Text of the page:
Throughout Oedipus the King, Sophocles employs one continuous metaphor: light vs. darkness, and sight vs. blindness. A reference to this metaphoroccurs early in the play, when Oedipus falsely accuses Tiresias and Creon of conspiracy: Creon, the soul of trust, my loyal friend from the start stealsagainst me… so hungry to overthrow me he sets this wizard on me, this scheming quack, this fortune-teller peddling lies, eyes peeled for his ownprofitseer blind in his craft! Tiresias responds by using the same metaphor: So, you mock my blindness?
Let me tell you this. You with your precious eyes, you’re blind to thecorruption of your life, to the house you live in, those you live withwho are your parents? Do you know? All unknowing you are the scourge of yourown flesh and blood, the dead below the earth and the living here above, and the double lash of your mother and your father’s curse will whip you from thisland one day, their footfall treading you down in terror, darkness shrouding your eyes that now can see the light!
Though at this point the reader cannot be sure which character is right, eventually Tiresias comes out the winner. This is revealed as Oedipus learns histragic fate, saying, O godall come true, all burst to light! O lightnow let me look my last on you! I stand revealed at lastcursed in my birth, cursed inmarriage, cursed in the lives I cut down with these hands! Here again, the metaphor of light, which represents truth and knowledge, is present.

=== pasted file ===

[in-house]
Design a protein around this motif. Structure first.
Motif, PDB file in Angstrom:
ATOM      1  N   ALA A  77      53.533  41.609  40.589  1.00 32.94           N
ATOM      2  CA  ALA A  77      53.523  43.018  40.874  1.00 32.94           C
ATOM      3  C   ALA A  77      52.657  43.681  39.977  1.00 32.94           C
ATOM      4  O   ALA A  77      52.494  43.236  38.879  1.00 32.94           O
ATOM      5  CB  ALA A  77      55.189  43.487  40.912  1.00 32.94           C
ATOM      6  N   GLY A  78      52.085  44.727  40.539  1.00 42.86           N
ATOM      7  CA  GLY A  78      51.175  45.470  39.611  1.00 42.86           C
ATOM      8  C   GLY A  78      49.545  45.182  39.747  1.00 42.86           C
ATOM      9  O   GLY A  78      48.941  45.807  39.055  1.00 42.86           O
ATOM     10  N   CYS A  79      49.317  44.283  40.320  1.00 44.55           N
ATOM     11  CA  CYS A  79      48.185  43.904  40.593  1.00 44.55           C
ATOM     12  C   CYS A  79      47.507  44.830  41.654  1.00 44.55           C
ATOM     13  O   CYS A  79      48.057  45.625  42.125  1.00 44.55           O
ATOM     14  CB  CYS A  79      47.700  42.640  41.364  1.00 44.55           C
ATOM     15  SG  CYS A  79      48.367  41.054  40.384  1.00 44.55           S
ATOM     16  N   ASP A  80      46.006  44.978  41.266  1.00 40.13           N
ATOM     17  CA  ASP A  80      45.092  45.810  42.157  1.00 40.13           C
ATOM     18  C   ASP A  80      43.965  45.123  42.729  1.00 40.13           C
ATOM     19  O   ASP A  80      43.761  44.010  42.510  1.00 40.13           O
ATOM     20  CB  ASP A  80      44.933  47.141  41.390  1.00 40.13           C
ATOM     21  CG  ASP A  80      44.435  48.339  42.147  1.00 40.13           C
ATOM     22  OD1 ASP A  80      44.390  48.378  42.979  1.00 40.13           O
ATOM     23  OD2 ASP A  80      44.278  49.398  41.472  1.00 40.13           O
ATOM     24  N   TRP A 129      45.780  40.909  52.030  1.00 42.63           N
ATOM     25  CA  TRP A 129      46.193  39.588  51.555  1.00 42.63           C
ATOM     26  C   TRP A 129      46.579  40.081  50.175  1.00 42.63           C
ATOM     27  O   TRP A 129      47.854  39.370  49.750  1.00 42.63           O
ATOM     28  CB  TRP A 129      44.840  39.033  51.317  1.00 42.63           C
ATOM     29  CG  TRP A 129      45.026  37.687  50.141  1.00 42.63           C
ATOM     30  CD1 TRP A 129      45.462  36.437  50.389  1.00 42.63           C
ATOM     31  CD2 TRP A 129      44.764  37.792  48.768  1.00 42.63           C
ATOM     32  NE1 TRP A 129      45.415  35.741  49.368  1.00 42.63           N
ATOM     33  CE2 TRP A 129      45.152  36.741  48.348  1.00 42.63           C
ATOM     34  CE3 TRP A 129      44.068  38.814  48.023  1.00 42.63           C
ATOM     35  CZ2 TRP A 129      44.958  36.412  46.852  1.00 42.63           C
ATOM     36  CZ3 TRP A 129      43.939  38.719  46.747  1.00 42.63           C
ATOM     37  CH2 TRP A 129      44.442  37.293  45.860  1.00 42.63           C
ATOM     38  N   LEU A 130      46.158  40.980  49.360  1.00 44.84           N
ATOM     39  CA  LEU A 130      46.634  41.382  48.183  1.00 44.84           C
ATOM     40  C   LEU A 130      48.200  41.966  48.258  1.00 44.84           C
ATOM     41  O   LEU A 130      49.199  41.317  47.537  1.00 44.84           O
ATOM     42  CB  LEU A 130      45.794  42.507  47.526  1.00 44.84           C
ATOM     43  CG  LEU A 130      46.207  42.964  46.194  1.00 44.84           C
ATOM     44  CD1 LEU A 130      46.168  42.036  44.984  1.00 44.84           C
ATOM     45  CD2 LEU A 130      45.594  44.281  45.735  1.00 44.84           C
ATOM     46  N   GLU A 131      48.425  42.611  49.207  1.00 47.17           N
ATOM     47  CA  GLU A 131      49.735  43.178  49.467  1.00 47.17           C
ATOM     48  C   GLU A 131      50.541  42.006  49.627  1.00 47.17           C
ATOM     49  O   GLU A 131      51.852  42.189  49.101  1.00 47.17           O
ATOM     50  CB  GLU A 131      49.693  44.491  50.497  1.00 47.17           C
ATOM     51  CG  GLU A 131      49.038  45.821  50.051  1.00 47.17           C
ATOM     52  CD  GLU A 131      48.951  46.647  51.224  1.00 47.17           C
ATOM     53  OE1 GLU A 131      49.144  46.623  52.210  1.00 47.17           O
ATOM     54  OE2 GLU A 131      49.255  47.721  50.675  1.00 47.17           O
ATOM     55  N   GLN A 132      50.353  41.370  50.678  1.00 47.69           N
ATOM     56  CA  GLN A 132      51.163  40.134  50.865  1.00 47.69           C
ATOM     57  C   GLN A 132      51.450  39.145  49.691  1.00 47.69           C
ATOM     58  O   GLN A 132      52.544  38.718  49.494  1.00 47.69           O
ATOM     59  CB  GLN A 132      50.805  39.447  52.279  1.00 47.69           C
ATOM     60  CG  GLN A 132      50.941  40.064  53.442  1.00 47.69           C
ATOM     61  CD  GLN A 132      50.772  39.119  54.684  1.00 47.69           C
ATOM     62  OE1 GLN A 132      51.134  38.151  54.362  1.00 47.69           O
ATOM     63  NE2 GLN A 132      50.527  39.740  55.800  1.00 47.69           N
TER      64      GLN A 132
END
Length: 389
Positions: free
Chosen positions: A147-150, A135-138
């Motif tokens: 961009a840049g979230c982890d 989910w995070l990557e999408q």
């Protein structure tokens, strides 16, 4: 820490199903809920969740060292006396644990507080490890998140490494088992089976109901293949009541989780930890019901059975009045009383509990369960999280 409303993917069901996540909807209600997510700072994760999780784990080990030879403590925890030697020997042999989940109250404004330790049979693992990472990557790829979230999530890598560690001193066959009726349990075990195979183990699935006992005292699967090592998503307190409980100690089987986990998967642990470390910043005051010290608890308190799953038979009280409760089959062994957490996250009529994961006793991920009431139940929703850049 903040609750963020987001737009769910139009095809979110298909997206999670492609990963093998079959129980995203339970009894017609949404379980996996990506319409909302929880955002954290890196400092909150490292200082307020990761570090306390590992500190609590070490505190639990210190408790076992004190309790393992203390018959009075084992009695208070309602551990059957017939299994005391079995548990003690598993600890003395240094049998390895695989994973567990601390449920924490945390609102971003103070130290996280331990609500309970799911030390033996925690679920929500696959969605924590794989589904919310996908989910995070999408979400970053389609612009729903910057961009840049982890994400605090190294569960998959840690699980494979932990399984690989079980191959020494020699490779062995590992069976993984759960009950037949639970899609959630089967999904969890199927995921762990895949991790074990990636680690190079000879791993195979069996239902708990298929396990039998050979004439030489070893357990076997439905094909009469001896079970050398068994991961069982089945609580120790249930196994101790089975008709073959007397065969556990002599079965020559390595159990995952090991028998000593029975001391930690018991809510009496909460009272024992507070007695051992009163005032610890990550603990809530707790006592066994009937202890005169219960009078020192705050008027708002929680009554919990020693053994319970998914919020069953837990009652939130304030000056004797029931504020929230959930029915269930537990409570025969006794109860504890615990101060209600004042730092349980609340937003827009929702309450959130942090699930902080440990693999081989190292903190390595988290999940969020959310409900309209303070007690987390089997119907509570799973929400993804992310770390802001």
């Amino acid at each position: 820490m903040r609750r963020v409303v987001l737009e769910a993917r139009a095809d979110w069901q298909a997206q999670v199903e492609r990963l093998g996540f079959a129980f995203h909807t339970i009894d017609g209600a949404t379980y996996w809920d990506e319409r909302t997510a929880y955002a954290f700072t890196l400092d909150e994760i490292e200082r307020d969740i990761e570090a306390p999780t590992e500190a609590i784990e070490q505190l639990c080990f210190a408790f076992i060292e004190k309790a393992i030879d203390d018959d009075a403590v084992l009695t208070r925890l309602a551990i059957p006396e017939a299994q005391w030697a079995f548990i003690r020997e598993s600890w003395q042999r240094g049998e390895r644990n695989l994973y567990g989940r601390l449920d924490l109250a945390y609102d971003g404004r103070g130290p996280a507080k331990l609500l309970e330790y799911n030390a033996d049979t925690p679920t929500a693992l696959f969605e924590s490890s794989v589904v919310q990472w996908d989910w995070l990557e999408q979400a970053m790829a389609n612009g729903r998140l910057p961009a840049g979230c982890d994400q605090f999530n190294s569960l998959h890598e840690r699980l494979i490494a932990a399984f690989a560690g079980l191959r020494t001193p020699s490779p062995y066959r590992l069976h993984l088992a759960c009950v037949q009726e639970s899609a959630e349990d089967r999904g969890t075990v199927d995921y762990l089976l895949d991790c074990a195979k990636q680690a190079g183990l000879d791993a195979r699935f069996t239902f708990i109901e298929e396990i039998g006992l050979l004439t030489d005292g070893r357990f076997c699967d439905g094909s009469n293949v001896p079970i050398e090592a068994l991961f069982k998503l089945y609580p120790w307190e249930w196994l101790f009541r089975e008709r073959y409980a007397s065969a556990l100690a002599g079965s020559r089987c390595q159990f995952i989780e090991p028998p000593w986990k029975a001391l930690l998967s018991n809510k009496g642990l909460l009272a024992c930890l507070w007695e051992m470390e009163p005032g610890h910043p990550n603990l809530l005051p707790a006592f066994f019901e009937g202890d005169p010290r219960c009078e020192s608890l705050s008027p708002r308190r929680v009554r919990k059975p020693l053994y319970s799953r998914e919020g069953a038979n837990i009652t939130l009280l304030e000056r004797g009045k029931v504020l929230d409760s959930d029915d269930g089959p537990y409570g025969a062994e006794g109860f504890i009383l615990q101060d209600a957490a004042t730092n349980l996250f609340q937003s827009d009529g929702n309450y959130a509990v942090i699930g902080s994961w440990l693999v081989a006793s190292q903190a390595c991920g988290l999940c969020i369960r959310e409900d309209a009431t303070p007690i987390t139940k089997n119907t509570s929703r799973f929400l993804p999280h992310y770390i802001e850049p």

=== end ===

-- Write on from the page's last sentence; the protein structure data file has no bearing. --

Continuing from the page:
Ironically, this causes the king to gouge out his eyes, which have been blind to the truth for so long. He screams, You, you’ll see no more the pain Isuffered, all the pain I caused! Too long you looked on the ones you never should have seen, blind to the ones you longed to see, to know! Blind from thishour on! Blind in the darknessblind! Oedipus furthers Sophocles’ sight metaphor when he defends his decision to humble himself through blindness: “What good were eyes to me? Nothing I could see could bring me joy. “